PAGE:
ACOG: Optimizing Postpartum Care

Well, it’s about time!

I always have this reaction when ACOG (American College of Obstetricians and Gynecologists) publishes a new Committee Opinion that, even though it’s a step in the right direction, should have been the standard decades ago…

This move has been prompted, I’m sure, by the recent stories appearing in the media drawing attention to the alarmingly high rates of maternal morbidity and mortality that happen AFTER a baby’s birth — not just around the globe, but here in the United States as well.

“This lack of attention to maternal health needs is of particular concern given that more than one half of pregnancy-related deaths occur after the birth of the infant (6). Given the urgent need to reduce severe maternal morbidity and mortality, this Committee Opinion has been revised to reinforce the importance of the “fourth trimester” and to propose a new paradigm for postpartum care.”

ACOG might be looking at this issue as one that can no longer be ignored. Women are dying (and women of color at even higher rates than their white counter-parts) in this country and they need to act, and act soon.

Maternal morbidity and mortality as a result of complications following the birth of a baby is a terrible situation that cannot be overstated. But surely, this can be lessened and potentially prevented if we do the right thing and change policies around how the majority of women are being cared for during pregnancy, birth and the postpartum period.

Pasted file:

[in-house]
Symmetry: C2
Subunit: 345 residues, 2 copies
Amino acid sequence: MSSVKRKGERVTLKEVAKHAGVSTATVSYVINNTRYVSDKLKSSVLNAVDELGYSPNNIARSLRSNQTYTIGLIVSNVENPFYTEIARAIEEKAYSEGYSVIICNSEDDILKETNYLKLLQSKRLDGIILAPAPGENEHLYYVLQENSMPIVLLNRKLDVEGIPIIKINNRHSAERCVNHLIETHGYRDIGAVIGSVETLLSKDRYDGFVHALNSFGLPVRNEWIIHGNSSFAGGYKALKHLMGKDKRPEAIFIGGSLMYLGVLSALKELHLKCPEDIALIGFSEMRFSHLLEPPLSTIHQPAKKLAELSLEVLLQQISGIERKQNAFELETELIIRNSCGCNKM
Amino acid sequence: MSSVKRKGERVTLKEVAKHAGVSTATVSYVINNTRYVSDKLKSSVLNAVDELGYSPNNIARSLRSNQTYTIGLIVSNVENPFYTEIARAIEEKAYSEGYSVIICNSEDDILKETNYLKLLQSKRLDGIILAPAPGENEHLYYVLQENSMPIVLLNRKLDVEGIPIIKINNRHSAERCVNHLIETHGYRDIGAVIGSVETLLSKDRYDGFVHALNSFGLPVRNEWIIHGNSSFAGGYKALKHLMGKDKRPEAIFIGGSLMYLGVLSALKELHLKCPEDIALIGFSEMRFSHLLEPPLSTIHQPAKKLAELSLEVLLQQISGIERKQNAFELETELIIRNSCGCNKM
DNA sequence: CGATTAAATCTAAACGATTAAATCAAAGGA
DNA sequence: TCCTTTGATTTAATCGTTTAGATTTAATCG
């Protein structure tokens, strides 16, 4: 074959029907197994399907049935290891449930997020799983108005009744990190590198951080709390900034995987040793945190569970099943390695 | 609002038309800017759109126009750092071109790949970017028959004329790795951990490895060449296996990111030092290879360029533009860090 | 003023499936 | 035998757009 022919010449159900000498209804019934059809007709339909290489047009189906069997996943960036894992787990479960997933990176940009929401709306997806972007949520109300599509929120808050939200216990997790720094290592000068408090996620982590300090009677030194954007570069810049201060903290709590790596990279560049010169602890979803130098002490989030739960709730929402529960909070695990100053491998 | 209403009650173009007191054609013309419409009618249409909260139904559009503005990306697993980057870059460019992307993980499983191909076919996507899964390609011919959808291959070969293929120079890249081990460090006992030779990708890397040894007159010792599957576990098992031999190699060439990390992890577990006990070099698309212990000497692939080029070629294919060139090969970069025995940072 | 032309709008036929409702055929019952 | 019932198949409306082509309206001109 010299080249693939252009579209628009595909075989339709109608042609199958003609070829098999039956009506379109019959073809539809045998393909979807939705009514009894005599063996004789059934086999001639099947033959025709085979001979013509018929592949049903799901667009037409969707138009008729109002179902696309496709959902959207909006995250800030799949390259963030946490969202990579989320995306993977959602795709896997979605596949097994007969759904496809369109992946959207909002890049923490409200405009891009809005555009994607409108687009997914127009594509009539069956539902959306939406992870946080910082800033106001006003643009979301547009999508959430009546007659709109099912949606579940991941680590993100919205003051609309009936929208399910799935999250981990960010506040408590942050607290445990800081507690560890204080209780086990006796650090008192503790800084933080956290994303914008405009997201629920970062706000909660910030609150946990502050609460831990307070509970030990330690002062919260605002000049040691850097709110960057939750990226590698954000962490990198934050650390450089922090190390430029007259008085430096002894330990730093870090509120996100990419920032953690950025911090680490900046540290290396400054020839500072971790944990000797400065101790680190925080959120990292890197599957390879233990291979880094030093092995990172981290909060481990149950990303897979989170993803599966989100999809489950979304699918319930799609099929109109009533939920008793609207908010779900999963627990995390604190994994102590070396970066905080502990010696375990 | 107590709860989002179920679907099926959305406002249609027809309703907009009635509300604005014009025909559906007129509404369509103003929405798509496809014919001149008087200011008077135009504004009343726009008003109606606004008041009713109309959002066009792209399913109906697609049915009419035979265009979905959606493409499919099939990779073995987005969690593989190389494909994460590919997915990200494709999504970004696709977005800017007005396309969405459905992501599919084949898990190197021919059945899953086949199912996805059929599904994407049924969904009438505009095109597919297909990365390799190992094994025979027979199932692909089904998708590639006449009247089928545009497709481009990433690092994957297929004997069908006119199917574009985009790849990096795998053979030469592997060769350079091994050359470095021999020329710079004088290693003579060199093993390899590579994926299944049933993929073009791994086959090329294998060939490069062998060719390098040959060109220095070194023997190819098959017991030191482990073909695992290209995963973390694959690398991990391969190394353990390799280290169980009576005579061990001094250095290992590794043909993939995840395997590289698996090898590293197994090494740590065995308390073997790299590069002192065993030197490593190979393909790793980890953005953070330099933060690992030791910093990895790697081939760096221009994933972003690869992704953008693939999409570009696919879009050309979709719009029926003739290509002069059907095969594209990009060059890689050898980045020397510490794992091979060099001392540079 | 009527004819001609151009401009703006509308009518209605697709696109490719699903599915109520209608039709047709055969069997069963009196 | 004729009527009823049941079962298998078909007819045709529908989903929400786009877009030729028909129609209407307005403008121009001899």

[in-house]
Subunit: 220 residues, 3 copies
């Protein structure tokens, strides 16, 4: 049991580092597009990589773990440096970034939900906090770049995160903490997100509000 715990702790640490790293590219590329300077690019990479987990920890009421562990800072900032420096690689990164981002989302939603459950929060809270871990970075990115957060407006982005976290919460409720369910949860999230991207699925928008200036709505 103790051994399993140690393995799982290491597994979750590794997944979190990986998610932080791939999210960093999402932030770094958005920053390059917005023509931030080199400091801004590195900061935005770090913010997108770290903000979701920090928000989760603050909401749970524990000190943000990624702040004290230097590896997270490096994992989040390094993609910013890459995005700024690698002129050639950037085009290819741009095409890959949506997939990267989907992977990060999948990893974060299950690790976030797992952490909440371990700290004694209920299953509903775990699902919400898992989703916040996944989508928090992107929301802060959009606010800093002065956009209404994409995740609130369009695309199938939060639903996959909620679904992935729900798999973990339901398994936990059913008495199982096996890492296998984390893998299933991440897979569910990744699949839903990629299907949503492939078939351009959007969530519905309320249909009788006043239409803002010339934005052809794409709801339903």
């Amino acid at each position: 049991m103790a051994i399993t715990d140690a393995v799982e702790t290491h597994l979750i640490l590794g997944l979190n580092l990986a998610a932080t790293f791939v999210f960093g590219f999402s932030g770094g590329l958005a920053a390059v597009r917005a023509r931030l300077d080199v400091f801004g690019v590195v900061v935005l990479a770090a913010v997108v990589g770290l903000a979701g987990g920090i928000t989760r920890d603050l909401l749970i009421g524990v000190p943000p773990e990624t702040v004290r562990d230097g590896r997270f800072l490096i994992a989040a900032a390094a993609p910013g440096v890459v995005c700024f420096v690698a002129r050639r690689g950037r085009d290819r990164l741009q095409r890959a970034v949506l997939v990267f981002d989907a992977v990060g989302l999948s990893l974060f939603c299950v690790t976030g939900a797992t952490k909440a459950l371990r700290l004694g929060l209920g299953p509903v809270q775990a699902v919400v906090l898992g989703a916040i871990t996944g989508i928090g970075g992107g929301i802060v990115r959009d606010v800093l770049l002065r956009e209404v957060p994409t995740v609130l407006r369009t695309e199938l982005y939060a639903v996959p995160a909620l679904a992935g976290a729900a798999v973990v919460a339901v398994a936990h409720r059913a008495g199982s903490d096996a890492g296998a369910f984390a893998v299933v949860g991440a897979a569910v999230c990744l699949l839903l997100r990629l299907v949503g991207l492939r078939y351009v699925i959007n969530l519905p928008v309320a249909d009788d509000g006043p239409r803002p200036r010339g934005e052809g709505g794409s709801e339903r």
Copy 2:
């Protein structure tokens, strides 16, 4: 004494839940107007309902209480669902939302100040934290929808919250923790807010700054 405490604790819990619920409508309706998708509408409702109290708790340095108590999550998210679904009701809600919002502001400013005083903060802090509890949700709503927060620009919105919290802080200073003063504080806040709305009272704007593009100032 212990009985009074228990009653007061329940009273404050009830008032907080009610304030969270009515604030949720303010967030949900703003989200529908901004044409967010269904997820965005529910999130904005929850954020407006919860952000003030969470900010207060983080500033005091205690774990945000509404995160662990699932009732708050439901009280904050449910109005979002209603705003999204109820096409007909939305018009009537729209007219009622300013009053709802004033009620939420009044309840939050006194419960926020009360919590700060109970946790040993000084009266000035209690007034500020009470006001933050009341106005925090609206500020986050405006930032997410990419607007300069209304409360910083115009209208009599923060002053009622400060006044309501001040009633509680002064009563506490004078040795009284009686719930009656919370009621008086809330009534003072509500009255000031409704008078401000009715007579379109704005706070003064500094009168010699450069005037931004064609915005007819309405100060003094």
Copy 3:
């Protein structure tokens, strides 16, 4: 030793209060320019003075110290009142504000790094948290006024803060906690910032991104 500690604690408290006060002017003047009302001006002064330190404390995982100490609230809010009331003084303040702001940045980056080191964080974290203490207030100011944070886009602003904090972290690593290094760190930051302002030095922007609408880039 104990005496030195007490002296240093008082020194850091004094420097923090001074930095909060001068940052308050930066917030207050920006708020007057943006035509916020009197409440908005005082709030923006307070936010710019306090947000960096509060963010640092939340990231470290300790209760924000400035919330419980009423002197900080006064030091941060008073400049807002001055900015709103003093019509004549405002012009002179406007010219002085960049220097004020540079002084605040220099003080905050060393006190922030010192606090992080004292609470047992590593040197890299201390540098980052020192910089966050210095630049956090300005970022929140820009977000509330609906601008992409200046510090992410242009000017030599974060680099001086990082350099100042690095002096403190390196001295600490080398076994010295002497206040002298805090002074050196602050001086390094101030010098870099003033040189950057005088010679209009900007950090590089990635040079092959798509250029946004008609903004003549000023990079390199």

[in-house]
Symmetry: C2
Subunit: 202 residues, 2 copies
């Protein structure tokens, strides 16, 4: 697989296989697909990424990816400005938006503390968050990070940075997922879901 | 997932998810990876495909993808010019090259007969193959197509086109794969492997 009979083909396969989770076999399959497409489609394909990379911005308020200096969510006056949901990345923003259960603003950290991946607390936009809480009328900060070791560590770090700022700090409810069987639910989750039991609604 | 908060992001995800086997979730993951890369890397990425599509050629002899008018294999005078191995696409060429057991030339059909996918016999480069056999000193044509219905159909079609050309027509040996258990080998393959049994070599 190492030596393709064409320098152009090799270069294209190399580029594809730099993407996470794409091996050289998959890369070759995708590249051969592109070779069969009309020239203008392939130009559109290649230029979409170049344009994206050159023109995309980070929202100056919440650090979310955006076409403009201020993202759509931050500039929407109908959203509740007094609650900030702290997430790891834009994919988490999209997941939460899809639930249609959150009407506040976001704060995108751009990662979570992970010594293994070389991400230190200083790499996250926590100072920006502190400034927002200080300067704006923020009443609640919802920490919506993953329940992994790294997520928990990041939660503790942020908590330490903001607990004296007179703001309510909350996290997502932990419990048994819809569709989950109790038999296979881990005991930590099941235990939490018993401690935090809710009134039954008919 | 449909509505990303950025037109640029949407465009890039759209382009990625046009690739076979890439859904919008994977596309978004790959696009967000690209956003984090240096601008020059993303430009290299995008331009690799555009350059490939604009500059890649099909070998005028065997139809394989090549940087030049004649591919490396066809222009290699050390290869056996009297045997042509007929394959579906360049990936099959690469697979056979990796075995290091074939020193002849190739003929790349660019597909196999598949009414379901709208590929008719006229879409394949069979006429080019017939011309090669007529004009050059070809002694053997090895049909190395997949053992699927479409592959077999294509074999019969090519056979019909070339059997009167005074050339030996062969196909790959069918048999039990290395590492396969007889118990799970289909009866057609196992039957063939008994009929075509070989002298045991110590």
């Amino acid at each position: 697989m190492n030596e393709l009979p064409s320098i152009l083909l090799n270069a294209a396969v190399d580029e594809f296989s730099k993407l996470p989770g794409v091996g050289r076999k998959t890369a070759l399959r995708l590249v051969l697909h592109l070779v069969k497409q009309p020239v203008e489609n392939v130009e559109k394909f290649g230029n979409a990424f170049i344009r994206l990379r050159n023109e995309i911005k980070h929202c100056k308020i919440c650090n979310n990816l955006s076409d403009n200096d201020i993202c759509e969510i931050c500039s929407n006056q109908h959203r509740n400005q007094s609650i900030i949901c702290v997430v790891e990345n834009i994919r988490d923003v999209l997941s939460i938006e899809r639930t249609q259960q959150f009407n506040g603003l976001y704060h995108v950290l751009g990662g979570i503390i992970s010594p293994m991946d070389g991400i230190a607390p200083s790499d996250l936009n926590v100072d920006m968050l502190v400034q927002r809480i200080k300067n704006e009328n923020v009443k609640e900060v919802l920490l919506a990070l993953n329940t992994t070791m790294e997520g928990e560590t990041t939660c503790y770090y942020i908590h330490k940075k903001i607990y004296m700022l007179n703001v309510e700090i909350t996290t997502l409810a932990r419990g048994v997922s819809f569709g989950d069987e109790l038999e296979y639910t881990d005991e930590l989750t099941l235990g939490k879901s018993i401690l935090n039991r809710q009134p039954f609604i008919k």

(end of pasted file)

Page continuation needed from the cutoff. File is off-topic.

For far too long, obstetric care in this country has been modeled on a one-size-fits-all program whereby every woman who gives birth receives her post-birth follow-up visit at the six week mark. Kudos to ACOG for stating that this should no longer be the norm! In fact, they take this on as their first recommendation:

“To optimize the health of women and infants, postpartum care should become an ongoing process, rather than a single encounter, with services and support tailored to each woman’s individual needs.”


Not every woman gets the luxury of a full 4th Trimester (12 weeks of paid or unpaid Maternity Leave). In fact, according to this position paper, “23% of employed women return to work within 10 days postpartum and an additional 22% return to work between 10 days and 40 days.” With 45% of employed women returning to work before six weeks the traditional one-size-fits-all postpartum check-up is long overdue for an overhaul.

AGOC guidelines are now asking for individualized care plans to address the needs of each woman when it comes to creating the post birth care plan that will fit her particular circumstances.

They go on to state that if this comprehensive visit happens before the six-week mark, it should not be seen as an “all-clear” message and the provider, the woman, her family, and employer should recognize the need for continued support for the first six weeks postpartum — and beyond.